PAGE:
The Sun and Your Medicine
What is Sun Protection Factor?
When shopping for a sunscreen, consumers are faced with many choices. These choices include the sun protection factor (SPF) rating, which can vary from 8 to 50.
SPF is a measure of how much sunlight (UV radiation) is needed to develop sunburn after a sunscreen has been applied, compared to the amount of UV radiation required to develop sunburn on unprotected skin. The higher the SPF, the greater the protection is from UV radiation, and so the greater the sunburn protection.
It is important to know that SPF does not tell you how long you can be in the sun without getting sunburn. SPF does not mean that if you normally burn in 1 hour and you apply an SPF 8 sunscreen, it will take 8 hours for you to burn. Wrong. Instead, SPF tells you the amount of sunburn protection from UV radiation that is provided by sunscreens when they are used as directed – not burn protection time.
Several things can affect the amount of UV radiation exposure:
- time of day
- geographic location
- altitude, and
- weather conditions (cloudy day versus clear)
For example, a person spending 15 minutes in the sun at noon in Boston without sunscreen may not sunburn, but that same person could burn after spending 15 minutes in the sun in Miami because of the higher amount of UV radiation exposure in the geographic location.
Skin complexion, amount of sunscreen applied, and how often you reapply can also affect exposure. In order for a sunscreen to be effective, it’s important that it be applied as directed, and reapplied as directed and needed based on physical activity. Participating in activities like swimming or activities that can promote heavy sweating may require more frequent reapplication.
Remember, SPF does not tell you how long you can be in the sun without getting sunburn. Instead, it’s a measure of the amount of sunburn protection from UV radiation that is provided by sunscreens when they are used as directed and as needed.
Fun in the sun can be had all year long -- hiking, winter skiing, swimming, or just enjoying the warmth of the sun. However, when taking certain medicines, life in the sun can sometimes be less than fun.
Some medicines contain ingredients that may cause photosensitivity -- a chemically induced change in the skin. Photosensitivity makes a person sensitive to sunlight and can cause sunburn-like symptoms, a rash or other unwanted side effects. It can be triggered by products applied to the skin or medicines taken by mouth or injected.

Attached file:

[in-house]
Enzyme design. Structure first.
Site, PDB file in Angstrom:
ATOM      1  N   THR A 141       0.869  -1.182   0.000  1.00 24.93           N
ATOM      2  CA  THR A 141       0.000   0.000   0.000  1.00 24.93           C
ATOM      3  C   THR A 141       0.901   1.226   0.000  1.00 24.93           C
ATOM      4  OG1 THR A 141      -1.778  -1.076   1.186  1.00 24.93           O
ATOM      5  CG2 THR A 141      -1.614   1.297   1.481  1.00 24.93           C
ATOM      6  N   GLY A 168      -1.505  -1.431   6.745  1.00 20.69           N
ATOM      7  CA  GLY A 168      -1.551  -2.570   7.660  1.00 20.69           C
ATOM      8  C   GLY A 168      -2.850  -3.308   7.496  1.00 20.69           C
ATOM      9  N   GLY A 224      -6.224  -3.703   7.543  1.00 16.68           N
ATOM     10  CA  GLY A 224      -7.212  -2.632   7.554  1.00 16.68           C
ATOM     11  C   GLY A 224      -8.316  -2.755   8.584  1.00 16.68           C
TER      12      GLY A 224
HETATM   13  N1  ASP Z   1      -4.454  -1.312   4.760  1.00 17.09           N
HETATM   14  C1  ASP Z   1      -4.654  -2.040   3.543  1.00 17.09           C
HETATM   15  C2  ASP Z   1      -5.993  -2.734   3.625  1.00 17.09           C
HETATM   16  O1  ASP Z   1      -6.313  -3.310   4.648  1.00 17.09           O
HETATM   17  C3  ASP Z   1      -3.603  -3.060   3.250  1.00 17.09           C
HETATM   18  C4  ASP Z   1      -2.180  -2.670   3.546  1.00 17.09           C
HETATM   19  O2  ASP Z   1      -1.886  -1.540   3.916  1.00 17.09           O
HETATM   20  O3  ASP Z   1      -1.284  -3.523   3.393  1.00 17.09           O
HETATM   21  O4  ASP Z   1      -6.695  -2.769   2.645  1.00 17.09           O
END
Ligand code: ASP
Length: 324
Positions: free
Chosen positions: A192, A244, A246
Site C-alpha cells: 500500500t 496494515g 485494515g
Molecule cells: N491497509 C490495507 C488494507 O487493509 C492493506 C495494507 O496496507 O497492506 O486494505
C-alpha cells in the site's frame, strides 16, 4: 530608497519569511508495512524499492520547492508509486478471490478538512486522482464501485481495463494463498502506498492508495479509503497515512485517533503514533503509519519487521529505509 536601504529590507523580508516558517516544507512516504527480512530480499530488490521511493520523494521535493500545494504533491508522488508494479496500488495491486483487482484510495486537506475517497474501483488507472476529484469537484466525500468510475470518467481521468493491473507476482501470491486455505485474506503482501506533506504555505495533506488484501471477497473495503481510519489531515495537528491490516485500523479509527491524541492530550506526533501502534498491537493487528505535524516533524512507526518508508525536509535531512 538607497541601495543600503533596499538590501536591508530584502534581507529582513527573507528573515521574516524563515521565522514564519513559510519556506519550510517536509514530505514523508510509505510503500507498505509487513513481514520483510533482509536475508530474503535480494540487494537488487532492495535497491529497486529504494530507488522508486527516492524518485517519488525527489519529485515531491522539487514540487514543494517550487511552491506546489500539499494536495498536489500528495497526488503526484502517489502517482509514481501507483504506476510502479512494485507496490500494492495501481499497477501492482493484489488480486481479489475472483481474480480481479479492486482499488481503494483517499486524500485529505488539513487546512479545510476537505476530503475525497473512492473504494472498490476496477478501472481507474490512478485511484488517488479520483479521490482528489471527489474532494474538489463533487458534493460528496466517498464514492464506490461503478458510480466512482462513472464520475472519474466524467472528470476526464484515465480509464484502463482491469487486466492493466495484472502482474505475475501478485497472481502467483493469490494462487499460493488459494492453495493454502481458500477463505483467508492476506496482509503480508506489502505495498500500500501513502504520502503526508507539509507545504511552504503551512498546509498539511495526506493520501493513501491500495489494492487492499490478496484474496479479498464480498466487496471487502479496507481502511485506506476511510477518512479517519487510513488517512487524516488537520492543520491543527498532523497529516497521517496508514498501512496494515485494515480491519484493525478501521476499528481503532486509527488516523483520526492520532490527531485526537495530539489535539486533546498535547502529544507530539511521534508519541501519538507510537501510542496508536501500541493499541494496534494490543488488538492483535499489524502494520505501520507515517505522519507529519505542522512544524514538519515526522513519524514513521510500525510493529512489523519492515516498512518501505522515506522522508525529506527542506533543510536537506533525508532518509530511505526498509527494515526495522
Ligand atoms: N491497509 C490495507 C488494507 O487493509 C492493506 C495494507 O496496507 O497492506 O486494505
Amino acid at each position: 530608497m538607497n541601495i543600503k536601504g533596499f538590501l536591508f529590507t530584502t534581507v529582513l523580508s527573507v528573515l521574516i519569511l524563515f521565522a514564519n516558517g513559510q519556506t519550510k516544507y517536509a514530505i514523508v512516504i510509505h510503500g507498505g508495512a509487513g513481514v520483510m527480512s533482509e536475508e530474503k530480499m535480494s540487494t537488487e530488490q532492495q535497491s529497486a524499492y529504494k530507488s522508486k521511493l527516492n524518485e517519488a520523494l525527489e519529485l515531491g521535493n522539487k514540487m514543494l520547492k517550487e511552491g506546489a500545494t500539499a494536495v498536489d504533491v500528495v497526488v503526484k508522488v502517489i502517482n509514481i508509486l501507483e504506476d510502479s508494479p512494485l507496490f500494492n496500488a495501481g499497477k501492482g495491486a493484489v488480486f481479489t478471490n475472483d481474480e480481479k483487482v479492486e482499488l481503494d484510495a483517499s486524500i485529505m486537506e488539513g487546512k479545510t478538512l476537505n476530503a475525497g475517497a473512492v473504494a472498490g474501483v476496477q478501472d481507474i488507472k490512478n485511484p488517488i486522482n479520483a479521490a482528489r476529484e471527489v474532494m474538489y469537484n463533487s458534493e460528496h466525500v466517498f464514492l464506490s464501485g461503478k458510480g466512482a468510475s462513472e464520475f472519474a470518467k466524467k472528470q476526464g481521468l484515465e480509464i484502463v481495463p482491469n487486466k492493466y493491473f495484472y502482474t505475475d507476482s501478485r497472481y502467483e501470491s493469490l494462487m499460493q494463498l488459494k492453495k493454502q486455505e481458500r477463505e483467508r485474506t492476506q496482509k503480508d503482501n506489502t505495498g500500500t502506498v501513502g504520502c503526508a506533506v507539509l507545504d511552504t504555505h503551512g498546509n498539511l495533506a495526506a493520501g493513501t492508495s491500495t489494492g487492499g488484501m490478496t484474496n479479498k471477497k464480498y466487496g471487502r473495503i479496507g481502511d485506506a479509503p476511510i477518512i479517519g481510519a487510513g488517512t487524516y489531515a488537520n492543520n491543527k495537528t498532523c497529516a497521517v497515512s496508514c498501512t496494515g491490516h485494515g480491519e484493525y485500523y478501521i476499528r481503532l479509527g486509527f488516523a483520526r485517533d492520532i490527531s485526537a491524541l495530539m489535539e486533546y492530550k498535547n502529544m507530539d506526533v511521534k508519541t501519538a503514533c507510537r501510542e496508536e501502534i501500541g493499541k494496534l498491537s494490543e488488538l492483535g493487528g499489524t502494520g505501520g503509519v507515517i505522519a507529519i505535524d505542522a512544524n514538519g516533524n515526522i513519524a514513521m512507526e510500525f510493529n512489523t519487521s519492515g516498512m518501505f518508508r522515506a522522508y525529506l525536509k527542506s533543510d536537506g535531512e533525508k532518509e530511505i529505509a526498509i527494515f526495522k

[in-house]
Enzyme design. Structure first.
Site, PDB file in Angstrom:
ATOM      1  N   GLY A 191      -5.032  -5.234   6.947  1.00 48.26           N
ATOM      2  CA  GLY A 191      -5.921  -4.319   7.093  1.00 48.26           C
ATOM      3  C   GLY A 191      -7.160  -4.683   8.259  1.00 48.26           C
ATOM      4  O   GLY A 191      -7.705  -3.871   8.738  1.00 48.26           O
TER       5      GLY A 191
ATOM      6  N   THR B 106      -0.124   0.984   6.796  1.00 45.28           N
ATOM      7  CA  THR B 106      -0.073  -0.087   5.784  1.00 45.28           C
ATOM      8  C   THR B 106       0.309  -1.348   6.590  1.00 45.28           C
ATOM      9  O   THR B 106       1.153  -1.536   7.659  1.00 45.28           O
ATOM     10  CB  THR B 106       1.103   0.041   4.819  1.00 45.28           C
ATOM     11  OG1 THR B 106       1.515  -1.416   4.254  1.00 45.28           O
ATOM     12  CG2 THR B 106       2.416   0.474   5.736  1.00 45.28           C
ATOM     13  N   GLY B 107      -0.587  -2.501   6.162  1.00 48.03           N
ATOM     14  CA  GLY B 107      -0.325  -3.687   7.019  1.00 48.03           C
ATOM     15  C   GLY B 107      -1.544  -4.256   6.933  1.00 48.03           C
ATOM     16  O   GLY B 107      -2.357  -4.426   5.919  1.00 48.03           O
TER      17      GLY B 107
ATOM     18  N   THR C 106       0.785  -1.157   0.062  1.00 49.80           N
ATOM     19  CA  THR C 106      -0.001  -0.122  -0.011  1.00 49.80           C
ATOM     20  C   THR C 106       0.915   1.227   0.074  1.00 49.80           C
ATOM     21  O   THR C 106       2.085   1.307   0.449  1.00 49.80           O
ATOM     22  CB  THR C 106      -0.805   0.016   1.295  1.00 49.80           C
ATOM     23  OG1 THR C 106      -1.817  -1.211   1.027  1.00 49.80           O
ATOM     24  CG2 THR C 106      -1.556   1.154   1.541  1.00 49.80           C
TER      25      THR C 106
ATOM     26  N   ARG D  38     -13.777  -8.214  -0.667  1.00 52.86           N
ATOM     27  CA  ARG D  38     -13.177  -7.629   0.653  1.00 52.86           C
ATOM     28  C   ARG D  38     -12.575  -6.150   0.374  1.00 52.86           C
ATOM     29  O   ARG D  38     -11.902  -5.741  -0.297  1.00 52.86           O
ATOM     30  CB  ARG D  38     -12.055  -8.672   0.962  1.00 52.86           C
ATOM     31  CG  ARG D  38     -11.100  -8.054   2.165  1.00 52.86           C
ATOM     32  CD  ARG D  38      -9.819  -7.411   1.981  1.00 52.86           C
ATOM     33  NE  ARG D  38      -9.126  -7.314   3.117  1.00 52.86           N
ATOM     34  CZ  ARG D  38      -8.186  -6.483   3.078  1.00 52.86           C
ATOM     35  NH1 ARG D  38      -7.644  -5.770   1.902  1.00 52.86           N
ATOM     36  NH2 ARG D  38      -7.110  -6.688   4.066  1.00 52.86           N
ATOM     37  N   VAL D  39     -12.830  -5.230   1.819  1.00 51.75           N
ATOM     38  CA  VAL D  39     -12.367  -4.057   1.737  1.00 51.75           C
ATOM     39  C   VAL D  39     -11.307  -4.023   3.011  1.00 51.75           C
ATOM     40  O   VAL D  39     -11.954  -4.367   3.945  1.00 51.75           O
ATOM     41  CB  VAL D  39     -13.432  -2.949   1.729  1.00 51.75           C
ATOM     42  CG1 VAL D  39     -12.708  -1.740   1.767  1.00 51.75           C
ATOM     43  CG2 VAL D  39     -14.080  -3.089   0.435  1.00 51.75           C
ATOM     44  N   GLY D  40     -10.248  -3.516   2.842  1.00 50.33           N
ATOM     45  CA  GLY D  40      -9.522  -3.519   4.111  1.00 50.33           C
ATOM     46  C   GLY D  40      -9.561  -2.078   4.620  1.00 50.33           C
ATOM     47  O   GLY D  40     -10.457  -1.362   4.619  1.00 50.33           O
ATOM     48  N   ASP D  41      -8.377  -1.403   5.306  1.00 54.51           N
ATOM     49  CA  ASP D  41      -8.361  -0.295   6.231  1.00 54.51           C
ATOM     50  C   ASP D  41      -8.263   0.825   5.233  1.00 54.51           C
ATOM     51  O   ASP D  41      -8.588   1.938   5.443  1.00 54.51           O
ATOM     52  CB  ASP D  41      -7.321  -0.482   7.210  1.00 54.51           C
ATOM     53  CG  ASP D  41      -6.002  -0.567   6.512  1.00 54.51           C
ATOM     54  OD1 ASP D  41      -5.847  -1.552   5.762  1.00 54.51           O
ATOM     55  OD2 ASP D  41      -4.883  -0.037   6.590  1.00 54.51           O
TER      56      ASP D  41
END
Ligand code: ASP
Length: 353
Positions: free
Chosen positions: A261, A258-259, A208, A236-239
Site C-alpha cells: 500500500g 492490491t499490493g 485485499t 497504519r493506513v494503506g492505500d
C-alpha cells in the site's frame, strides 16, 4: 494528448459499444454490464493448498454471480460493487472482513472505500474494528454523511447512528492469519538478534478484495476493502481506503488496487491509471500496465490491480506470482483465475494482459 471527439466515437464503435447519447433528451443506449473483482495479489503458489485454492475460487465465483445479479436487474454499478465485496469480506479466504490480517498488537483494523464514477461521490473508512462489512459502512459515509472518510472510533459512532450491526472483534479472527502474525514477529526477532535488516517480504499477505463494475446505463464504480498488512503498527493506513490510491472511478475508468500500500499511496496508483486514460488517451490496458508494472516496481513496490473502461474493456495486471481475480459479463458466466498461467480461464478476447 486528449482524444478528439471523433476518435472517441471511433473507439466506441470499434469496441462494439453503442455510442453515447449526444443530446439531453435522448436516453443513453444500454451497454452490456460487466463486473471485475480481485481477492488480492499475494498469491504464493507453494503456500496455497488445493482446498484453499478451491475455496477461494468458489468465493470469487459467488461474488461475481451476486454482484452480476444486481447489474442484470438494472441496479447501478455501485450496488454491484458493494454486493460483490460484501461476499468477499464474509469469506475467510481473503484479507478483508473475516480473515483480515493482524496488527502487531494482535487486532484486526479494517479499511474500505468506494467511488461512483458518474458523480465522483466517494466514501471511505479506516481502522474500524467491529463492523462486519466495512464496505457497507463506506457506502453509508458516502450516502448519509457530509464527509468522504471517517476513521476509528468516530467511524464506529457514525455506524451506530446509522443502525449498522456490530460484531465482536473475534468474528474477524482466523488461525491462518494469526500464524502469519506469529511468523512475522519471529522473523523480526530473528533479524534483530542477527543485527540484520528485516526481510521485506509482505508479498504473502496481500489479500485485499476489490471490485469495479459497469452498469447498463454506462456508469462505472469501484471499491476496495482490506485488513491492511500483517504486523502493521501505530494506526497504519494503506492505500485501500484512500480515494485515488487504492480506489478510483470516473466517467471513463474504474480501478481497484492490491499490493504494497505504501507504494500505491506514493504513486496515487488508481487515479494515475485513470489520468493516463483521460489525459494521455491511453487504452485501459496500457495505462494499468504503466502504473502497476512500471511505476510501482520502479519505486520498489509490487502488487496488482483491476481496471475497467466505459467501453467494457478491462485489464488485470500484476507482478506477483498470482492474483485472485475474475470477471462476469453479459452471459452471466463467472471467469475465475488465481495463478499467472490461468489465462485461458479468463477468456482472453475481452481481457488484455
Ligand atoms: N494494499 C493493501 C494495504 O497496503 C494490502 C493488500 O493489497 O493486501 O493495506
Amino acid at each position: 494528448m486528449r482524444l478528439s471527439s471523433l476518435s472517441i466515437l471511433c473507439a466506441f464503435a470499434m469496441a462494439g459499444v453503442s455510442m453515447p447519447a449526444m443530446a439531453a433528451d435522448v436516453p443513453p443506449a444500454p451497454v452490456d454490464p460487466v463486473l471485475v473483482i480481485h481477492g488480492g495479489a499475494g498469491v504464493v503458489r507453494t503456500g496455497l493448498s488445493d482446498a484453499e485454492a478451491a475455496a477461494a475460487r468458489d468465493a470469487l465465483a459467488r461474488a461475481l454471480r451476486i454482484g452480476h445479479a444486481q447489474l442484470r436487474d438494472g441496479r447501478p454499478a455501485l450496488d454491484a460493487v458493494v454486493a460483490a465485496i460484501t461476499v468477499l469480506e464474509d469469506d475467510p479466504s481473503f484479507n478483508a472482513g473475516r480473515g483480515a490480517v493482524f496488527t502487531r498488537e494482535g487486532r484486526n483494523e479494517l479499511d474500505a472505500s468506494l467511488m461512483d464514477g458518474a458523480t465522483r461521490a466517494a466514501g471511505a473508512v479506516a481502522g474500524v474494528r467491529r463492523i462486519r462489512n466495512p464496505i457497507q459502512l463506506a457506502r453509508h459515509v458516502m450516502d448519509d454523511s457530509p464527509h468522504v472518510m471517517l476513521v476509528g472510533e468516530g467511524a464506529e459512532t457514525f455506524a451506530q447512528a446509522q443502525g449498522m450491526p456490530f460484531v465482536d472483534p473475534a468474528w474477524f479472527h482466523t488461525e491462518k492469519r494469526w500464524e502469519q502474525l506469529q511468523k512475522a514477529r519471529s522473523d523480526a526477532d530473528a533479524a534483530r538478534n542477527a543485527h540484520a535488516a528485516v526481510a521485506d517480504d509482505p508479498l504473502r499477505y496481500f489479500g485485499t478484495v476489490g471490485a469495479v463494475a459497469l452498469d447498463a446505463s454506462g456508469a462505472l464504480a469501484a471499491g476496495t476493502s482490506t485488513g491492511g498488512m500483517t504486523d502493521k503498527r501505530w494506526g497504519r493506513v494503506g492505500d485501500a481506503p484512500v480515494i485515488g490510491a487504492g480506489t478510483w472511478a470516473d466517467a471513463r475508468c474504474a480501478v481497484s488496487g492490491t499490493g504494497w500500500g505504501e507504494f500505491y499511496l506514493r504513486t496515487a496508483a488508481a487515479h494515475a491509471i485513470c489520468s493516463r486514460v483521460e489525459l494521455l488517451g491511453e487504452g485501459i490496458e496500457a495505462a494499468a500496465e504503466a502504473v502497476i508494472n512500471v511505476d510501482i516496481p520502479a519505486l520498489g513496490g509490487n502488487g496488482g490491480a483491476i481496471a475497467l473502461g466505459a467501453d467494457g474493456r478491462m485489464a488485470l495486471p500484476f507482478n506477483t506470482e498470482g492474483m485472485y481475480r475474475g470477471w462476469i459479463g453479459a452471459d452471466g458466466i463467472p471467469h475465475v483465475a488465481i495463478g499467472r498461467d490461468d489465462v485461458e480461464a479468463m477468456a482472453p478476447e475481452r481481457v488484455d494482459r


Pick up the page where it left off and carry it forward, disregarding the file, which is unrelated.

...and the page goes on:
There are two types of photosensitivity – photoallergy and phototoxicity.
Photoallergy is an allergic reaction of the skin and may not occur until several days after sun exposure. Phototoxicity, which is more common, is an irritation of the skin and can occur within a few hours of sun exposure. Both types of photosensitivity occur after exposure to ultraviolet light – either natural sunlight or artificial light, such as a tanning booth.
There are certain types of medicines that can cause sensitivity to the sun. Some of these include:
- Antibiotics (ciprofloxacin, doxycycline, levofloxacin, ofloxacin, tetracycline, trimethoprim)
- Antifungals (flucytosine, griseofulvin, voricanozole)
- Antihistamines (cetirizine, diphenhydramine, loratadine, promethazine, cyproheptadine)
- Cholesterol lowering drugs (simvastatin, atorvastatin, lovastatin, pravastatin)
- Diuretics (thiazide diuretics: hydrochlorothiazide, chlorthalidone, chlorothiazide.; other diuretics: furosemide and triamterene)
- Non-steroidal anti-inflammatory drugs (ibuprofen, naproxen, celecoxib, piroxicam, ketoprofen)
- Oral contraceptives and estrogens
- Phenothiazines (tranquilizers, anti-emetics: examples, chlorpromazine, fluphenazine, promethazine, thioridazine, prochloroperazine)
- Psoralens (methoxsalen, trioxsalen)
- Retinoids (acitretin, isotretinoin)
- Sulfonamides (acetazolamide, sulfadiazine, sulfamethizole, sulfamethoxazole, sulfapyridine, sulfasalazine, sulfasoxazole)
- Sulfonylureas for type 2 diabetes (glipizide, glyburide)
- Alpha-hydroxy acids in cosmetics
Not all people who take or use the medicines mentioned will have a reaction. Also, if you experience a reaction on one occasion, it does not mean that you are guaranteed to have a reaction if you use the product again.
If you have concerns about developing a reaction, try to reduce your risk:
- When outside, seek shade, especially between 10 a.m. and 2 p.m. – some organizations recommend as late as 4:00 p.m. Keep in mind that the sun’s rays may be stronger when reflected off water, sand and snow.
- Wear long-sleeved shirts, pants, sunglasses, and broad-brimmed hats to limit sun exposure.
- Use a broad sunscreen regularly and as directed. Broad-spectrum sunscreens provide protection against ultraviolet A (UVA) and ultraviolet B (UVB) radiation. An SPF 15 is the minimum number needed to provide measurable protection; however, a sunscreen with an SPF value of 30 or higher is recommended. Rarely, some sunscreen ingredients can cause photosensitivity themselves.
If you have questions about your medications and the possibility of a photosensitivity, contact your health-care professional or pharmacists. Taking a few precautions can help limit your risk of photosensitivity and keep the sun shining on your fun.